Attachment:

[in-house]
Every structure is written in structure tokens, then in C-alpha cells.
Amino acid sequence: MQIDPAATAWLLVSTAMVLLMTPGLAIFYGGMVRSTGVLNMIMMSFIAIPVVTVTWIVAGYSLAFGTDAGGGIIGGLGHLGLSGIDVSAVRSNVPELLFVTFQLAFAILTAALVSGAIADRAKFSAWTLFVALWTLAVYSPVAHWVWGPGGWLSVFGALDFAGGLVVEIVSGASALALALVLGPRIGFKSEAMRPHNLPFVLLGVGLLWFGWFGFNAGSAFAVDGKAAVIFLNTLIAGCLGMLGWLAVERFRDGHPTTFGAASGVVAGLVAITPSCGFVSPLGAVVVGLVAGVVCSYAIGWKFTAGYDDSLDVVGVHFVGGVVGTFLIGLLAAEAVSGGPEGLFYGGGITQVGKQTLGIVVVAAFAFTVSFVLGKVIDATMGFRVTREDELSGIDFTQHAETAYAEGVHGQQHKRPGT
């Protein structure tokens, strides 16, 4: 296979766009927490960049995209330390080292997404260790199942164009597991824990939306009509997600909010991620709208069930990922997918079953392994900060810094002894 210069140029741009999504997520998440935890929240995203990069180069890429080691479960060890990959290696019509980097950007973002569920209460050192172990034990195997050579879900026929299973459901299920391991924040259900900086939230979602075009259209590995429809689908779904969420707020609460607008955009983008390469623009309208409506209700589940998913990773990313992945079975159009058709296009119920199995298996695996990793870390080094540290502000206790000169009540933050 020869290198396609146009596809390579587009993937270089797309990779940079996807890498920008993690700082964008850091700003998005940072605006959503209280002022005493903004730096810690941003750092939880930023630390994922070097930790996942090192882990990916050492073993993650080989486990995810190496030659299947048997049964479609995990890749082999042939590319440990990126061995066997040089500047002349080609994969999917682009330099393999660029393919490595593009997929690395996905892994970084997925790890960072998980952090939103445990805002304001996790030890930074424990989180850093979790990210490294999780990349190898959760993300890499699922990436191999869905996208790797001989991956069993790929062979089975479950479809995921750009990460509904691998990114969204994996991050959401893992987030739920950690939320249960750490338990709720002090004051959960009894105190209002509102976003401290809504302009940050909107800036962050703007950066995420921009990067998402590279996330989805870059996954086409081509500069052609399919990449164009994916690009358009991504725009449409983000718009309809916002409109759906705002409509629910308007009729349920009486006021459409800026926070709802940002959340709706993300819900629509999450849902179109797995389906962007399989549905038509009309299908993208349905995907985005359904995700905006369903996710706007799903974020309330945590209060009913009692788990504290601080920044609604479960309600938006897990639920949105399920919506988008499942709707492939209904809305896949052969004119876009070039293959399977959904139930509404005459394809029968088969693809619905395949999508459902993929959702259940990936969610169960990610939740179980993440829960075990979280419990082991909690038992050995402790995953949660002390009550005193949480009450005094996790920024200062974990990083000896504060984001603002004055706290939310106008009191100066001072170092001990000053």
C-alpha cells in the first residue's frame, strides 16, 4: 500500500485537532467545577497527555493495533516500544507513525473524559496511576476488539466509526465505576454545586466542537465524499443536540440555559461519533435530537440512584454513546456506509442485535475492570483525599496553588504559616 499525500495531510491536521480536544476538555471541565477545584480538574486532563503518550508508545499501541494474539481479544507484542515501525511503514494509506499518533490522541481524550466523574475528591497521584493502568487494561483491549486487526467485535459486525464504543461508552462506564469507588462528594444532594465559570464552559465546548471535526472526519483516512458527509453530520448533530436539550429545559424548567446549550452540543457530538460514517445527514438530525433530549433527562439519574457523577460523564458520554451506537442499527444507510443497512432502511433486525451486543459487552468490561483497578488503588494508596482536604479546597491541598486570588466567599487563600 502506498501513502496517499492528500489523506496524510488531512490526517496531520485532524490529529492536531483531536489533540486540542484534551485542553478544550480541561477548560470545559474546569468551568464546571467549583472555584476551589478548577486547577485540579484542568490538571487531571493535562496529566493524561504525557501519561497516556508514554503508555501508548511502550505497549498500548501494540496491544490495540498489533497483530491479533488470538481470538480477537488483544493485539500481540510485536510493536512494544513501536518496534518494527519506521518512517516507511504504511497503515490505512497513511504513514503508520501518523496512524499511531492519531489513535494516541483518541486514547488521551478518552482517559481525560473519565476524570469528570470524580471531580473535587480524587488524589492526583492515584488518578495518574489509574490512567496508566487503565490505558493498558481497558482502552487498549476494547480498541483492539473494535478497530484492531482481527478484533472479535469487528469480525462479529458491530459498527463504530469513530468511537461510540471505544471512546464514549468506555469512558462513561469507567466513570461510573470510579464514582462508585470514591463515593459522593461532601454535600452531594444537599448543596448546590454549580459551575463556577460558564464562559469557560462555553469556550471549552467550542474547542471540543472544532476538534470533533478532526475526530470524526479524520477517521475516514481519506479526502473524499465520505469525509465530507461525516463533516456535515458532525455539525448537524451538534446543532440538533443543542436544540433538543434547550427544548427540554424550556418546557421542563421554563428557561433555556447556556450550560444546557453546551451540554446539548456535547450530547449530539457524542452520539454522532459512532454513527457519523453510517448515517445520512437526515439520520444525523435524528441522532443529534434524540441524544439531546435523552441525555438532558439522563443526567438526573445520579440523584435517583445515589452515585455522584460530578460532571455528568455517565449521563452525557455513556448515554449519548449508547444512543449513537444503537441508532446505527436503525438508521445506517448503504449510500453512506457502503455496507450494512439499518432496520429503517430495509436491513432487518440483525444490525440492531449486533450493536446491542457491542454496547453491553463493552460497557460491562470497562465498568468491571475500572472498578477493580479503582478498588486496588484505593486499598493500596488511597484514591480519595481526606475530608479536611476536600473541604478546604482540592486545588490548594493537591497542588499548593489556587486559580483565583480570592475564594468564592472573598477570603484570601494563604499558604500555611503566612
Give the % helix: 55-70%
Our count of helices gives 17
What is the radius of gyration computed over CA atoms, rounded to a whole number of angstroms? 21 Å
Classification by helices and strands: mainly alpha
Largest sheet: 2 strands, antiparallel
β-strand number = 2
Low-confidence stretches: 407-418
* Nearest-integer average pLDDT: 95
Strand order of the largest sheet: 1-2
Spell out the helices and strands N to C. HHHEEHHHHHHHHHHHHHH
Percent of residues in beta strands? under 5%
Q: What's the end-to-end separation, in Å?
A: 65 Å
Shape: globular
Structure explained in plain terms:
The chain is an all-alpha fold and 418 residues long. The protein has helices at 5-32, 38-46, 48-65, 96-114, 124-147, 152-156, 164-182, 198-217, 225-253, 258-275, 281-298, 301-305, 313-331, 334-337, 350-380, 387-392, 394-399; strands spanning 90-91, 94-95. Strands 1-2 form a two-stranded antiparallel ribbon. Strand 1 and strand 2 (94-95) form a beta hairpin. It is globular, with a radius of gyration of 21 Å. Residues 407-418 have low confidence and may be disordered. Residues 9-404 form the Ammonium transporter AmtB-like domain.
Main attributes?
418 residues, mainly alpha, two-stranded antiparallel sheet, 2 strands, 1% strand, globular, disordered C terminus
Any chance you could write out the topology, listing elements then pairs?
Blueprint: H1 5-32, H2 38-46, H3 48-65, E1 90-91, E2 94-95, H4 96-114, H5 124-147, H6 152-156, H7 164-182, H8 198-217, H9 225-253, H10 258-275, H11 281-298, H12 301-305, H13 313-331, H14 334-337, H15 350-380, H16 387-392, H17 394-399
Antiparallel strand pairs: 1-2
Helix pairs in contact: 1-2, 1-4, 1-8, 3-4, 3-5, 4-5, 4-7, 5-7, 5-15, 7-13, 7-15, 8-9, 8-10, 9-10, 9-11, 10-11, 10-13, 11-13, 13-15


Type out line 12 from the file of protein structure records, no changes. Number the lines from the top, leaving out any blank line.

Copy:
Low-confidence stretches: 407-418